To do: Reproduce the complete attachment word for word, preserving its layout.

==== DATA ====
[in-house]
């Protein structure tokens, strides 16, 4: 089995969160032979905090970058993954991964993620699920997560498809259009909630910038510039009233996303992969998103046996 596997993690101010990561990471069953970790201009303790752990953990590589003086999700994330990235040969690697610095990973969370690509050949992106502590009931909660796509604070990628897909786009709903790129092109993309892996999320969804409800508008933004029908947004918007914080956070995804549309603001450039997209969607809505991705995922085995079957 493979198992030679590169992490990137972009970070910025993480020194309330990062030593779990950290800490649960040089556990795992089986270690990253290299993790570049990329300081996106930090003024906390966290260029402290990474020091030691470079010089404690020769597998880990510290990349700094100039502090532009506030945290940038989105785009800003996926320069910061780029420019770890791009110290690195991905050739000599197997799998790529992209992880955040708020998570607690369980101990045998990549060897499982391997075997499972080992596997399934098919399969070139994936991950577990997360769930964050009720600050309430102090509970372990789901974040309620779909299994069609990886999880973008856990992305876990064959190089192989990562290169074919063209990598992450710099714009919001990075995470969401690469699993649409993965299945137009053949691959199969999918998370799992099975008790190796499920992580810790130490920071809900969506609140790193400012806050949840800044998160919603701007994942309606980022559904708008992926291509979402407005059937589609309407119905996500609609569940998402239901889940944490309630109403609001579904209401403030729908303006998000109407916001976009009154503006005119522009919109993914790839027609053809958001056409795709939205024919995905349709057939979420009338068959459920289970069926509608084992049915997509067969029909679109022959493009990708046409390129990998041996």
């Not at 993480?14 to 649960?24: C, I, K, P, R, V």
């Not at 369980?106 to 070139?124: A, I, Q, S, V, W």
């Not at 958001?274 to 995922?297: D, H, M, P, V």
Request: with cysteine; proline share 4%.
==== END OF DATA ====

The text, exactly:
[in-house]
């Protein structure tokens, strides 16, 4: 089995969160032979905090970058993954991964993620699920997560498809259009909630910038510039009233996303992969998103046996 596997993690101010990561990471069953970790201009303790752990953990590589003086999700994330990235040969690697610095990973969370690509050949992106502590009931909660796509604070990628897909786009709903790129092109993309892996999320969804409800508008933004029908947004918007914080956070995804549309603001450039997209969607809505991705995922085995079957 493979198992030679590169992490990137972009970070910025993480020194309330990062030593779990950290800490649960040089556990795992089986270690990253290299993790570049990329300081996106930090003024906390966290260029402290990474020091030691470079010089404690020769597998880990510290990349700094100039502090532009506030945290940038989105785009800003996926320069910061780029420019770890791009110290690195991905050739000599197997799998790529992209992880955040708020998570607690369980101990045998990549060897499982391997075997499972080992596997399934098919399969070139994936991950577990997360769930964050009720600050309430102090509970372990789901974040309620779909299994069609990886999880973008856990992305876990064959190089192989990562290169074919063209990598992450710099714009919001990075995470969401690469699993649409993965299945137009053949691959199969999918998370799992099975008790190796499920992580810790130490920071809900969506609140790193400012806050949840800044998160919603701007994942309606980022559904708008992926291509979402407005059937589609309407119905996500609609569940998402239901889940944490309630109403609001579904209401403030729908303006998000109407916001976009009154503006005119522009919109993914790839027609053809958001056409795709939205024919995905349709057939979420009338068959459920289970069926509608084992049915997509067969029909679109022959493009990708046409390129990998041996």
């Not at 993480?14 to 649960?24: C, I, K, P, R, V």
């Not at 369980?106 to 070139?124: A, I, Q, S, V, W």
């Not at 958001?274 to 995922?297: D, H, M, P, V």
Request: with cysteine; proline share 4%.